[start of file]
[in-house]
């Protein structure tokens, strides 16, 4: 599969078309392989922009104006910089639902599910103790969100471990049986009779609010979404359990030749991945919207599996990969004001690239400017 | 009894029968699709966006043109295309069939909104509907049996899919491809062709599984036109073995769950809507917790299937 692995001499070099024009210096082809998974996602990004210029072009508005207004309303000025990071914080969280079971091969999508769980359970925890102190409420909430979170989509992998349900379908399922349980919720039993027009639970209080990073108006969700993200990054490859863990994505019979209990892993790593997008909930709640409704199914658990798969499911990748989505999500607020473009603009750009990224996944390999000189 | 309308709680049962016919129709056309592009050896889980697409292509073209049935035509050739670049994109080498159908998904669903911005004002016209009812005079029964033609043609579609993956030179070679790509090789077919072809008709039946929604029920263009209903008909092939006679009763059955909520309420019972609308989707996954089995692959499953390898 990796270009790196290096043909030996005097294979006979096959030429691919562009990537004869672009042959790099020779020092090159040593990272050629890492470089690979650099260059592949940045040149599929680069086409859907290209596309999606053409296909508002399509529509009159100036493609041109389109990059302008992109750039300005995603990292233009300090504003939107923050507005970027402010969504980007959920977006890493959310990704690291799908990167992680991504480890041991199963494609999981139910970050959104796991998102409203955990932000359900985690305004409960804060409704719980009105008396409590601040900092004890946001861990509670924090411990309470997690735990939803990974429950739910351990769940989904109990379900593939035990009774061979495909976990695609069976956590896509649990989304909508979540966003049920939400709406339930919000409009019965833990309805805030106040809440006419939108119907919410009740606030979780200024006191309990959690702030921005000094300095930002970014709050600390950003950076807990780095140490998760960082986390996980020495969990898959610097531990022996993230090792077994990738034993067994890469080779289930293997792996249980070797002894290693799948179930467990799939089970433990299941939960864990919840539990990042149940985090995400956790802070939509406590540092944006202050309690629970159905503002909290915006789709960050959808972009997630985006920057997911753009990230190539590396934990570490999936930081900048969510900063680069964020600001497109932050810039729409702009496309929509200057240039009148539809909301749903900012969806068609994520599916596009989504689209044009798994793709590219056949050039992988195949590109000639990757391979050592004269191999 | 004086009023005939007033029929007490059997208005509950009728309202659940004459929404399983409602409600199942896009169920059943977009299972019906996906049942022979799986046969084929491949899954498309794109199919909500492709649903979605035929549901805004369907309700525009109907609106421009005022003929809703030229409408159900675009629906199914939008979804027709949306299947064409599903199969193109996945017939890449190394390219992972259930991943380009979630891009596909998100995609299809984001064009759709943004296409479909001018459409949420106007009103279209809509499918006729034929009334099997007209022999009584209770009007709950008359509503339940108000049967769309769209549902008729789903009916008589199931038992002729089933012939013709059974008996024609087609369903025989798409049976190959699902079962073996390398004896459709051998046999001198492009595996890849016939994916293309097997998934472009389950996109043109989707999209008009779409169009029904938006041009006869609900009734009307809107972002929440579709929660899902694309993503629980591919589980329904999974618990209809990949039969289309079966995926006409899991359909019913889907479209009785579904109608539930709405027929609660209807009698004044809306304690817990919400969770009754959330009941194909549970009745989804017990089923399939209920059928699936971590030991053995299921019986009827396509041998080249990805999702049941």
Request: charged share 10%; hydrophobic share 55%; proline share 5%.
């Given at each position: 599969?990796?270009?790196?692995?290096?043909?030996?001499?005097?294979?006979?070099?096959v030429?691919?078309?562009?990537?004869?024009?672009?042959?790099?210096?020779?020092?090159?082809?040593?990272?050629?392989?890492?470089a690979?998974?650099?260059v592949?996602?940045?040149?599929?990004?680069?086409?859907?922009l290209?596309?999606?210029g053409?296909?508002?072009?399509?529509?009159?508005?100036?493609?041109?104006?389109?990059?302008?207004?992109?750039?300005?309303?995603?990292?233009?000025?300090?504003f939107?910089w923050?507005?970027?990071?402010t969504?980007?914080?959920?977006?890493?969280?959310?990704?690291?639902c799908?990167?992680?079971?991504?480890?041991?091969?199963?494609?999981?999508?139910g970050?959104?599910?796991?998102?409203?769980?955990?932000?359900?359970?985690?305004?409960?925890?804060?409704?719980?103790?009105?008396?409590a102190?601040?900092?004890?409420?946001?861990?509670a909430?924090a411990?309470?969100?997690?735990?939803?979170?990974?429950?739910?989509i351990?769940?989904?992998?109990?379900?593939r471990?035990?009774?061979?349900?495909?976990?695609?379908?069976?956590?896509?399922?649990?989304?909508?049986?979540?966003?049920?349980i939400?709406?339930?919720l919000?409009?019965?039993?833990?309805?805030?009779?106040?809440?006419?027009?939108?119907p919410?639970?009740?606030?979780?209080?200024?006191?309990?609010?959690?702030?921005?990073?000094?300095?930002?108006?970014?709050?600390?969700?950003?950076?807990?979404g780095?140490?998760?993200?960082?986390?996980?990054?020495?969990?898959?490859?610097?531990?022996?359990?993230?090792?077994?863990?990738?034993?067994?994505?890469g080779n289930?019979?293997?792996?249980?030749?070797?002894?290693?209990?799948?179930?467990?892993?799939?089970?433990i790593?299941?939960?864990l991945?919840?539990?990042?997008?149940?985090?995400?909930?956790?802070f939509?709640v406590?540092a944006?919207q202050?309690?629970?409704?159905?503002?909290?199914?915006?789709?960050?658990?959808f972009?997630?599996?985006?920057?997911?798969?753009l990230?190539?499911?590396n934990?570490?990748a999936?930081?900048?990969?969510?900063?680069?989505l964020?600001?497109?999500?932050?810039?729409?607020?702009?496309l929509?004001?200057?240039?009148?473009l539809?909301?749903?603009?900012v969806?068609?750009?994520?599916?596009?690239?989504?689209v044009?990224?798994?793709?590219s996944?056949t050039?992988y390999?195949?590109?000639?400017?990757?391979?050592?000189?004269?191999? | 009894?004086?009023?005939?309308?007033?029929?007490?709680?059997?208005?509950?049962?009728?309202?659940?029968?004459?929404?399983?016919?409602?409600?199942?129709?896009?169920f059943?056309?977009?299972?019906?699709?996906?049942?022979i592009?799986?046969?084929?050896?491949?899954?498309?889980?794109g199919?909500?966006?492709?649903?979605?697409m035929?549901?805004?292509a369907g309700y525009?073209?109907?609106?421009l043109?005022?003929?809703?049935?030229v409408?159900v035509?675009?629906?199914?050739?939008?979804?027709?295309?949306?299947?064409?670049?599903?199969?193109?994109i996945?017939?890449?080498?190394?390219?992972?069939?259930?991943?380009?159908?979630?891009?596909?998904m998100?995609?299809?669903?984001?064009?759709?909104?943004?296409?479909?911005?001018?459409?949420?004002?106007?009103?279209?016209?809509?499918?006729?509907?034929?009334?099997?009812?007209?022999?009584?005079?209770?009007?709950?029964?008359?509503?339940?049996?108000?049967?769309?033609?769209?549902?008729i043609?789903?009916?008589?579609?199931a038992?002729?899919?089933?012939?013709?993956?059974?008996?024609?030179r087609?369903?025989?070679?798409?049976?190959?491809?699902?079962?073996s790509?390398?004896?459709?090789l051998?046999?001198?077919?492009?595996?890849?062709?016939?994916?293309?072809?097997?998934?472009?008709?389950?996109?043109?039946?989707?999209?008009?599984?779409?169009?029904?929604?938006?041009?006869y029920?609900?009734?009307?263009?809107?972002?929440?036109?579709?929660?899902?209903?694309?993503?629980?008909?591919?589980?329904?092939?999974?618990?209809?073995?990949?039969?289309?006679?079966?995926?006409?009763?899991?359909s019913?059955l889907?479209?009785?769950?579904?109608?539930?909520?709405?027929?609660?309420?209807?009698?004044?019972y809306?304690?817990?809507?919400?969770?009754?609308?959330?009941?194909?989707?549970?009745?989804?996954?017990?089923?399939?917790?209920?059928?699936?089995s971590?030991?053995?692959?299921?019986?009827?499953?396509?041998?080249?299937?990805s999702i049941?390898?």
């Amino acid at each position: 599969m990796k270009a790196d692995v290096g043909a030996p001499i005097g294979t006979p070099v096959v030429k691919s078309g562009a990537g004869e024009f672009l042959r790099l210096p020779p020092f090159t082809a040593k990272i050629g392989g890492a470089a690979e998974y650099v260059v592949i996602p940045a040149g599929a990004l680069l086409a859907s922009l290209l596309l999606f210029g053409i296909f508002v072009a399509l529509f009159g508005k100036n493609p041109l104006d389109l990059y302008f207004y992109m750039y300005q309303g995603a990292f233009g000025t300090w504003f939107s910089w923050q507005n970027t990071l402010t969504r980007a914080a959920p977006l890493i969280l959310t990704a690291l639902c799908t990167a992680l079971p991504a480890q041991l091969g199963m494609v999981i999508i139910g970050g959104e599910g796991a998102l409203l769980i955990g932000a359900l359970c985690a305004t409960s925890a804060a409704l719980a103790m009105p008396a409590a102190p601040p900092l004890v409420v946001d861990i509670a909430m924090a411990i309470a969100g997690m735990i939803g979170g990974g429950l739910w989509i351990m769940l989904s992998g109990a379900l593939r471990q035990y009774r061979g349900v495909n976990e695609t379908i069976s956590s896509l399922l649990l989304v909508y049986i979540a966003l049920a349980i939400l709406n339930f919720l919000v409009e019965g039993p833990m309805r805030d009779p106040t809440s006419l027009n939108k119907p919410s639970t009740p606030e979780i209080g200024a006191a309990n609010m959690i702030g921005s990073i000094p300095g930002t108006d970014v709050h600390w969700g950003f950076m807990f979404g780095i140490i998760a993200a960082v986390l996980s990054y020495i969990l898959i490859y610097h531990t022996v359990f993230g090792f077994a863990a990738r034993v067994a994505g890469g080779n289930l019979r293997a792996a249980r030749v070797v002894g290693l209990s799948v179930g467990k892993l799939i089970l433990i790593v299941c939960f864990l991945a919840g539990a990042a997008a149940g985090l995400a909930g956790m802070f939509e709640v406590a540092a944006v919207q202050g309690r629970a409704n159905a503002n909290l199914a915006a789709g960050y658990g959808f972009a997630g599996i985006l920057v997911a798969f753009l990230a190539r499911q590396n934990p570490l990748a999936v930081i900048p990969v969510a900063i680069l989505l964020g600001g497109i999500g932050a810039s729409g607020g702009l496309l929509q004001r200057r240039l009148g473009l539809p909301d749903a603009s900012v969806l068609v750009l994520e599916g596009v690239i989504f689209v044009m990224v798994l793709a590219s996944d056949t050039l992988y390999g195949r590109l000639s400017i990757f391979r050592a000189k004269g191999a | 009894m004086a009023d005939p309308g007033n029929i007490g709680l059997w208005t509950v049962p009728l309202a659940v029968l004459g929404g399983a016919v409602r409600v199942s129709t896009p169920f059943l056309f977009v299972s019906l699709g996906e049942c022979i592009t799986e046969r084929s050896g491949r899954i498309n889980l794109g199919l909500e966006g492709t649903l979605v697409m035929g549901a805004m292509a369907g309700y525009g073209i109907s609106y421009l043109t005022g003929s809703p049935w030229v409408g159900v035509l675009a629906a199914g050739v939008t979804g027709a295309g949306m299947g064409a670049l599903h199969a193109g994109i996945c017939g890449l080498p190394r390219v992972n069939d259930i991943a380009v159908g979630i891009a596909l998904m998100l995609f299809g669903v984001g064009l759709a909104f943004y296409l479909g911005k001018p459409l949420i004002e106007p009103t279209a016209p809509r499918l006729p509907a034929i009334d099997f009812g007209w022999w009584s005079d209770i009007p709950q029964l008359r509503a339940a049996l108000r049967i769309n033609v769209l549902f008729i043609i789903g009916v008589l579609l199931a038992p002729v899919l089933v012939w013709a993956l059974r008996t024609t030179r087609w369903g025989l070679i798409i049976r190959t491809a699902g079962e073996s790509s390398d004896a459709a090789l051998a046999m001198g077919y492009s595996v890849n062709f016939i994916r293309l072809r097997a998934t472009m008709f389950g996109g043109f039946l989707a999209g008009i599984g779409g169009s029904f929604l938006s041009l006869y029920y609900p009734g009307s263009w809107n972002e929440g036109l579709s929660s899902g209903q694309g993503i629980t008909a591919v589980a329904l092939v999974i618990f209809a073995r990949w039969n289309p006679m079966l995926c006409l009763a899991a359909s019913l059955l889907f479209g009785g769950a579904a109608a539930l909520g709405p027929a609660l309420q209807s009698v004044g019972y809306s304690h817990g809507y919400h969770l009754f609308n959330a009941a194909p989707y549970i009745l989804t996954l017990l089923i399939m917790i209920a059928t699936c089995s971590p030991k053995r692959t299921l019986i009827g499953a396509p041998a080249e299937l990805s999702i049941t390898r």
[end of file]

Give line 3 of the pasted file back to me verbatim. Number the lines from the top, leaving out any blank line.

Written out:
Request: charged share 10%; hydrophobic share 55%; proline share 5%.